How things change in the matter of just a year

Every New Year I always wonder about the difference a year makes. Sometimes things haven’t changed much, and other times things have changed quite a bit. I think it’s safe to say the my life is virtually unrecognizable to the life I was leading a year ago. At the very least, I definitely would not have guessed the ways my life has changed this year.

Some people get pregnant and have a baby, some people meet someone and get married, and some people move hundreds of miles all within the course of a year. It’s funny, but any of those things would have made a lot more sense to me than the changes that took place in my life this last year.

A year ago I impulsively applied to the Cronkite School at ASU. I was planning to move there this past summer. A year ago I had it all planned out. When I was rejected from ASU, I figured God had a reason and I decided to forget it and move forward.

Halfway through the year, I shifted my plans and applied to UT Austin. I was planning to move there if I was accepted or not. I had a plan. I was getting out of this place. Once again, God had other plans for my life.

Little did I know His plans were far larger than anything I could have possibly imagined.

Only after life had started to drastically change did I find out that I was rejected from UT (due to a terrible miscalculation from the admissions staff). Still, I told my mom that this wasn’t going to stop me. Maybe I should have listened to what God was trying to tell me.

It was three months ago that I collapsed after what would be the final 2012 game I would attend at Petco Park. I swore I was drugged (I still feel REALLY bad about mentally accusing someone of that). Three months ago that my optic neuritis started to rear its ugly head.

Apparently, life only needs a few moments to drastically change.

In the span of those three months I have lost my eyesight, gained it back, made (technically) three ER trips, earned myself a “team” of doctors, had a spinal tap, and gained the permanent label of being diagnosed with multiple sclerosis. Actually, it was in just over two months that all of this happened. Sort of mind-blowing, isn’t it?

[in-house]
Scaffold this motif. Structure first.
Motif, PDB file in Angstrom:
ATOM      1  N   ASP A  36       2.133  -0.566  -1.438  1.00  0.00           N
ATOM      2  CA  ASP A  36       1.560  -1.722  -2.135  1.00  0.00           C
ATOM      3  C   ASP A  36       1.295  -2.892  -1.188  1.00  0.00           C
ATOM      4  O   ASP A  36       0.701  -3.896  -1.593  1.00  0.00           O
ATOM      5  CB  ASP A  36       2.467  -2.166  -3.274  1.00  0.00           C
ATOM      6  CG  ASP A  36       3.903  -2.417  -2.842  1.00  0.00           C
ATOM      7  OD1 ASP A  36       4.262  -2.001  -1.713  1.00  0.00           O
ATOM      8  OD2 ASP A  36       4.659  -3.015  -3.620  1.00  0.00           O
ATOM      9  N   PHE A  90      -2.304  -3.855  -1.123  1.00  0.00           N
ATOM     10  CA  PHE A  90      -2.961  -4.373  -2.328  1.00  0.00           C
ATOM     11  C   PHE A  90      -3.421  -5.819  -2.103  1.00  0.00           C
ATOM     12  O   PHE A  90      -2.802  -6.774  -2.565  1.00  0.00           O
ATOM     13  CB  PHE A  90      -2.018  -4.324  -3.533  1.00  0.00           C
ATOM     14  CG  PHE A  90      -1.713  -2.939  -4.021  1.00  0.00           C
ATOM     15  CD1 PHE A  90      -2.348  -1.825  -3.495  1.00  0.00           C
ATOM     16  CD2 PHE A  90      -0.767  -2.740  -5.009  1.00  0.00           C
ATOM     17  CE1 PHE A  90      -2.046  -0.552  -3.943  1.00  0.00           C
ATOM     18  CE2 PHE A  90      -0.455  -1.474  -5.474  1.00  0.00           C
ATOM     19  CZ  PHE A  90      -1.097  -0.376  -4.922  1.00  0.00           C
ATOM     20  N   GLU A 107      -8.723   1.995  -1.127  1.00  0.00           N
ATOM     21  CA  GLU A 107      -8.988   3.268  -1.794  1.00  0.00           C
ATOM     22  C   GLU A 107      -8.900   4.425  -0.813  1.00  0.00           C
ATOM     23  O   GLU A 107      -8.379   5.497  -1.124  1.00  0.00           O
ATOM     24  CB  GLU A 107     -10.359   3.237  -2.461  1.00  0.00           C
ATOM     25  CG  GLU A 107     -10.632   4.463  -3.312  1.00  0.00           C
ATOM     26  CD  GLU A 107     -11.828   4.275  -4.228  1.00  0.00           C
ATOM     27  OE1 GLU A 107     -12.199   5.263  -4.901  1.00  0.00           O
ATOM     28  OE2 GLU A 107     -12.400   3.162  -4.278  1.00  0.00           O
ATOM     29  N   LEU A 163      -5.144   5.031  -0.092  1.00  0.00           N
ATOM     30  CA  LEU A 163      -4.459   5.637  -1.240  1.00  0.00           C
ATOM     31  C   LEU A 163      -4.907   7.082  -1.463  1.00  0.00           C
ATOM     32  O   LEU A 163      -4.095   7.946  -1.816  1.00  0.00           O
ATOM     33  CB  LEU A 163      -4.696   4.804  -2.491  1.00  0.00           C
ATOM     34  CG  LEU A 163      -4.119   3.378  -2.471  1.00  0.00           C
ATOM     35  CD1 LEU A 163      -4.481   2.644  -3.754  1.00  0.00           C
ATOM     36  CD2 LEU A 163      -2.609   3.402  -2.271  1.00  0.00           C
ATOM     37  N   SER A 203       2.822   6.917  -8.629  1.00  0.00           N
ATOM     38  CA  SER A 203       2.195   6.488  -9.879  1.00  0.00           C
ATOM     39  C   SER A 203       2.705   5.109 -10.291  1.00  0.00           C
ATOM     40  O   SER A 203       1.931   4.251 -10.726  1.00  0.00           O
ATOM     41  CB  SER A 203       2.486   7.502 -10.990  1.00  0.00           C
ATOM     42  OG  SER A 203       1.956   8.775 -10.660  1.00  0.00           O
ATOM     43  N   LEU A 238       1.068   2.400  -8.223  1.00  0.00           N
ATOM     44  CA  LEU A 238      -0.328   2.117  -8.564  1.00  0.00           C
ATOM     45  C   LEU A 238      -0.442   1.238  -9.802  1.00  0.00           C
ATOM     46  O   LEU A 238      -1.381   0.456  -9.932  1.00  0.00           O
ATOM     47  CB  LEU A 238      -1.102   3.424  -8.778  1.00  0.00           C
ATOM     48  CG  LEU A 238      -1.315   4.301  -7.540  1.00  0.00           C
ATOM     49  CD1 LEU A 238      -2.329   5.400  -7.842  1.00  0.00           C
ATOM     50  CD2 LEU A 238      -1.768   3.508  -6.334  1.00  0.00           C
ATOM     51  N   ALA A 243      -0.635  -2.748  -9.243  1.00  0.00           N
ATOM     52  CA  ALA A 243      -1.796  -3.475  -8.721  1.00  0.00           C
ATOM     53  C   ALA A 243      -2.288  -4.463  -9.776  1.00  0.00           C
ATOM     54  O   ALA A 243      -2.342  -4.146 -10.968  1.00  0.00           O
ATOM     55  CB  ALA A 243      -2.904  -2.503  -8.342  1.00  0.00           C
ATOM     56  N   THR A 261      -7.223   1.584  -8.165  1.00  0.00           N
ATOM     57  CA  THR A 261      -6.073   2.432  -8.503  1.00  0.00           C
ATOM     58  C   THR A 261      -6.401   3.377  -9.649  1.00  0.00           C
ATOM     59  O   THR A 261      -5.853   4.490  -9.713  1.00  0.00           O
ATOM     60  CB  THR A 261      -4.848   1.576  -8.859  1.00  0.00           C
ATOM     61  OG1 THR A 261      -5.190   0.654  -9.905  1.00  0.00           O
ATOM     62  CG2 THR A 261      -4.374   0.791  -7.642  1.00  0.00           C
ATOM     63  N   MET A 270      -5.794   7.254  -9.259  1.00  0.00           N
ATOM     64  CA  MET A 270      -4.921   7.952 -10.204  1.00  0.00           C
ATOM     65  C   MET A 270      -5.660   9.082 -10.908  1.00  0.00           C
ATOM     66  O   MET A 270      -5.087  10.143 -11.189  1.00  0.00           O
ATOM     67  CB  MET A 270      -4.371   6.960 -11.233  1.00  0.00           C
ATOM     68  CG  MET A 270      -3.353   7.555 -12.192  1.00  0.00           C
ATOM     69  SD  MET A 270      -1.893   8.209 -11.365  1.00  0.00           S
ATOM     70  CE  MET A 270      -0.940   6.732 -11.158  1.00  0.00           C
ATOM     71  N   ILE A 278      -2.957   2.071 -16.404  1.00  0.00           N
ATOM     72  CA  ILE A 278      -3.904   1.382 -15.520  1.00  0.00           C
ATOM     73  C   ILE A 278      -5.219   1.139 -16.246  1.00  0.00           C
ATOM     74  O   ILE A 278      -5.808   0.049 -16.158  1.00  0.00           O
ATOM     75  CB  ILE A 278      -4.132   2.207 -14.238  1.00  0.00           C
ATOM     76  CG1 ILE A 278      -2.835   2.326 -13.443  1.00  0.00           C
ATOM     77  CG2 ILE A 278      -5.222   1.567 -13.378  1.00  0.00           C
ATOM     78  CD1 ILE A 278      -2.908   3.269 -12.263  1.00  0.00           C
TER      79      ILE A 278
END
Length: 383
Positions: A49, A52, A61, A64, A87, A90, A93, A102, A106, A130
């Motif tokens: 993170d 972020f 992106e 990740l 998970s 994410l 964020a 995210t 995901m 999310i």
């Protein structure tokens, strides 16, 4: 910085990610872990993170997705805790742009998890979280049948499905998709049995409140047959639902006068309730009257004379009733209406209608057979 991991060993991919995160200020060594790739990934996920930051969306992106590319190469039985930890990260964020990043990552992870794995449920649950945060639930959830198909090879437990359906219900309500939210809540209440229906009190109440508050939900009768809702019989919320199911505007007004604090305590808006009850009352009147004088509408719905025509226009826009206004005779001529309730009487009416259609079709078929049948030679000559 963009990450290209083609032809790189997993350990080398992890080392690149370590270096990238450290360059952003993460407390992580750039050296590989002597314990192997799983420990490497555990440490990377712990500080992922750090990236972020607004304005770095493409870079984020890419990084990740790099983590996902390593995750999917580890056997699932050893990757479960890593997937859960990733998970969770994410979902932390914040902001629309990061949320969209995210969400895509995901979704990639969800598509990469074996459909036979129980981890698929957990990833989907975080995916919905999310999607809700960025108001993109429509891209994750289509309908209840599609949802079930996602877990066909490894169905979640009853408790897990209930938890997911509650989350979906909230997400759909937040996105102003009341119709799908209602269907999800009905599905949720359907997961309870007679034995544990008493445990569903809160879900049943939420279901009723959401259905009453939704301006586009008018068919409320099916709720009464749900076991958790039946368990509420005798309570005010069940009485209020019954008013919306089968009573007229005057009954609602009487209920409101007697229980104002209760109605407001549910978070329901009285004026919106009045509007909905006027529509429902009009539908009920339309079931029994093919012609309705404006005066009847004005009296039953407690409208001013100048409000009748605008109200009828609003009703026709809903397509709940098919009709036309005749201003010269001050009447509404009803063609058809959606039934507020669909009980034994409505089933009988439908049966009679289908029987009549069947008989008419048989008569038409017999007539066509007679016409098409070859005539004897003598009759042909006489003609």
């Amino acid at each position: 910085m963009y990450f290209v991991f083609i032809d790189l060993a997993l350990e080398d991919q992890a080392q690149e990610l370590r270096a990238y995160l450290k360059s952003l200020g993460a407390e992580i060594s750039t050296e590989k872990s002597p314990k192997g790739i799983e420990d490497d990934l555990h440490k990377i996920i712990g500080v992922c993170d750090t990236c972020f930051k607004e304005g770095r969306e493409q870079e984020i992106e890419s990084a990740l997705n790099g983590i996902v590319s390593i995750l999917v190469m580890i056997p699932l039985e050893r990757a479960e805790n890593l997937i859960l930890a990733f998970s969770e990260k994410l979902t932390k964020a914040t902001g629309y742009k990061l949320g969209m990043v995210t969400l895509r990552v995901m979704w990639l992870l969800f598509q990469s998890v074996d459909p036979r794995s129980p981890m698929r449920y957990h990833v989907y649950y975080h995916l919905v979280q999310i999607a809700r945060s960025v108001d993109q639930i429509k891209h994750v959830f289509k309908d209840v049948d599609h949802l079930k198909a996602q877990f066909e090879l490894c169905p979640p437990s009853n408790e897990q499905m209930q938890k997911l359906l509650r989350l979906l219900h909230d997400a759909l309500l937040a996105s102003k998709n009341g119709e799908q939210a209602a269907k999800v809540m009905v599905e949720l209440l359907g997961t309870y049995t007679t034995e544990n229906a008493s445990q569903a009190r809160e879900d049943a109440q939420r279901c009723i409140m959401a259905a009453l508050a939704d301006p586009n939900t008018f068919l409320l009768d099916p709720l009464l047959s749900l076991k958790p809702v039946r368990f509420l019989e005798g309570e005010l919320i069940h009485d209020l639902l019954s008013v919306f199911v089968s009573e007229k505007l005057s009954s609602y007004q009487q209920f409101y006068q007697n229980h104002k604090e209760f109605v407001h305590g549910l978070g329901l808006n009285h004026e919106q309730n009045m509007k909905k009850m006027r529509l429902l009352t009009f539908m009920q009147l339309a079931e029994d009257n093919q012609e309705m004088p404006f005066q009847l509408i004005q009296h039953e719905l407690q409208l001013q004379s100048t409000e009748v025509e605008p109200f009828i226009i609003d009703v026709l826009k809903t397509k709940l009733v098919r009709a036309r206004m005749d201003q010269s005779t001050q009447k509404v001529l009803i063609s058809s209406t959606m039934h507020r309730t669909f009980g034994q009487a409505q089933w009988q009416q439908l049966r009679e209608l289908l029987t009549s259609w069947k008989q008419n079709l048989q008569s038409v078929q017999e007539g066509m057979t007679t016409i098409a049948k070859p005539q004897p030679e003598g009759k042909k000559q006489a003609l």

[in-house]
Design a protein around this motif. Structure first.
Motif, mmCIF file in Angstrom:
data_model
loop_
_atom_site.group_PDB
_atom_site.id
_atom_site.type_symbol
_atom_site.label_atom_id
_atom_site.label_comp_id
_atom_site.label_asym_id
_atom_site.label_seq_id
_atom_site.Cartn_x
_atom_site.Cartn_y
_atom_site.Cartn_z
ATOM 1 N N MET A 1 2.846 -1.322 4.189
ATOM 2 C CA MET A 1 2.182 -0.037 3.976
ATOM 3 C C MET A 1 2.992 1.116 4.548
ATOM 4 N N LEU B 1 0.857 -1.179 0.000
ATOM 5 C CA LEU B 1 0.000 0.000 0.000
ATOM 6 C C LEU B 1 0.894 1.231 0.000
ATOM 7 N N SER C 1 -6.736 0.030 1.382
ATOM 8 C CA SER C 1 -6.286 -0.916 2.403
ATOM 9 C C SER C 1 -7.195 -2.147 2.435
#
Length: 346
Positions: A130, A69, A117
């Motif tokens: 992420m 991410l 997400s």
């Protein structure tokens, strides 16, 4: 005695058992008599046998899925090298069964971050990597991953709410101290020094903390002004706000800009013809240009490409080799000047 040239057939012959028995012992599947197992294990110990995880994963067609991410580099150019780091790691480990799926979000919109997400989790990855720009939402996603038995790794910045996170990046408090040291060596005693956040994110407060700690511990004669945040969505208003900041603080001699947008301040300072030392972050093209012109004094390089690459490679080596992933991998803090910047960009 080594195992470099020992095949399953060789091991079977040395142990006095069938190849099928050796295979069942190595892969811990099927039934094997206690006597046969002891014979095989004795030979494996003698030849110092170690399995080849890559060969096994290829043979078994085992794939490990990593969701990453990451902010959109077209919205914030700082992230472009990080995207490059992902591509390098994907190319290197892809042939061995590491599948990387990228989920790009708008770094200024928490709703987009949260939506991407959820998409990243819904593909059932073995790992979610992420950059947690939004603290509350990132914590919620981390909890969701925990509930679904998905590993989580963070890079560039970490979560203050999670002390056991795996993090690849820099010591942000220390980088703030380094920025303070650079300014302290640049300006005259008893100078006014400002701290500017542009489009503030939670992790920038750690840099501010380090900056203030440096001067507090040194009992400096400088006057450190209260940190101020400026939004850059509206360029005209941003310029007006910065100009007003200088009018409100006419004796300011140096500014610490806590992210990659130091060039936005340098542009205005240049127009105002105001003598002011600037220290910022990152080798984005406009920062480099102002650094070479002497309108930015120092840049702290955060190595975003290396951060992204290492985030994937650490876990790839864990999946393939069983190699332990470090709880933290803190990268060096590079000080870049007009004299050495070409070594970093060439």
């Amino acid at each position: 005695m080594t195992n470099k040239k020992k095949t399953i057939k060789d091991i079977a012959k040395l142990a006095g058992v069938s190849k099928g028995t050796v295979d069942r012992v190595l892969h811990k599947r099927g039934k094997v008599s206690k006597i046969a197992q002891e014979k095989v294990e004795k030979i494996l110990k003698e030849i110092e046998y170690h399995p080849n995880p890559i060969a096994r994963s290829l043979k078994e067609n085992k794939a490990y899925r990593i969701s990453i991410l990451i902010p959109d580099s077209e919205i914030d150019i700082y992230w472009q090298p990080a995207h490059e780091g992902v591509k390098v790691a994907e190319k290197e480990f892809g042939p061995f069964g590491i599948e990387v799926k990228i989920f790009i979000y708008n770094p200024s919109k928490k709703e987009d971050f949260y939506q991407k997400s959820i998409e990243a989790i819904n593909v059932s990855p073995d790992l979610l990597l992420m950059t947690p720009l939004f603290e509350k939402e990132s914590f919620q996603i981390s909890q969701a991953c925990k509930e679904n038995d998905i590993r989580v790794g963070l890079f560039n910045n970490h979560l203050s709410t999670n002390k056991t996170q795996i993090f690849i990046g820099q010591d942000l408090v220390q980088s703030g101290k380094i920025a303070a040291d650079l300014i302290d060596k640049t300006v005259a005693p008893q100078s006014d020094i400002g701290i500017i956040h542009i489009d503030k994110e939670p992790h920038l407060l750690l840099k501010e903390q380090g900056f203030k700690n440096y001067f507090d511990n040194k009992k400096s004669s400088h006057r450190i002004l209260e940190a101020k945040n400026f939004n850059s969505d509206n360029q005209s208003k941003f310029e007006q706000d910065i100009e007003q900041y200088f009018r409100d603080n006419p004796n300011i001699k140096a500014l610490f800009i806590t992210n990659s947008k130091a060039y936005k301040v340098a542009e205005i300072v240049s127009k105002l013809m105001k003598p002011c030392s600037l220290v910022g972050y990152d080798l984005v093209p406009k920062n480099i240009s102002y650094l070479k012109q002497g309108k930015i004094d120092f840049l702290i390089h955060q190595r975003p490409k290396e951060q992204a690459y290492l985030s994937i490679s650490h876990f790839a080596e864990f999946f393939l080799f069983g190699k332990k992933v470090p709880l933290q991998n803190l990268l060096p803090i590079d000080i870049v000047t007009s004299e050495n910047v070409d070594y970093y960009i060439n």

I’m actually quite content with my diagnosis and my current situation (however, my new favorite hashtag to use on Twitter is #MSsucks). It’s like I’ve said, it could be so much worse. I’m seriously grateful that in those three months I have found out just how many people are willing to stand behind me and help me through all of this. I’ve actually spent a considerable amount of time wondering what kind of person would even bother to deal with me now that I technically have a brain disorder. I knew my parents wouldn’t really get much of a choice, but I wasn’t sure who else would. I shouldn’t have even wondered. I have some amazing people in my life.

Since the official diagnosis I have started the Rebif treatment. This last Friday I finished the first two weeks of the treatment- 8.8 mcg per shot, three times per week. It wasn’t too bad. The first shot was entertaining. I nearly passed out from holding my breath. I then learned my lesson to not hold my breath the entire time. Perhaps this is why I fainted during the spinal tap? Hmm..

Today I started the second dose- 22 mcg per shot, again three times per week. So far I feel mostly fine, and I realize I am lucky for that. I just hope it can keep up this way. If it’s this easy, then MS really has no idea who it is up against. But here’s a hint for it: MS has messed with the wrong girl. It will not be the reason for the life changes taking place in 2013.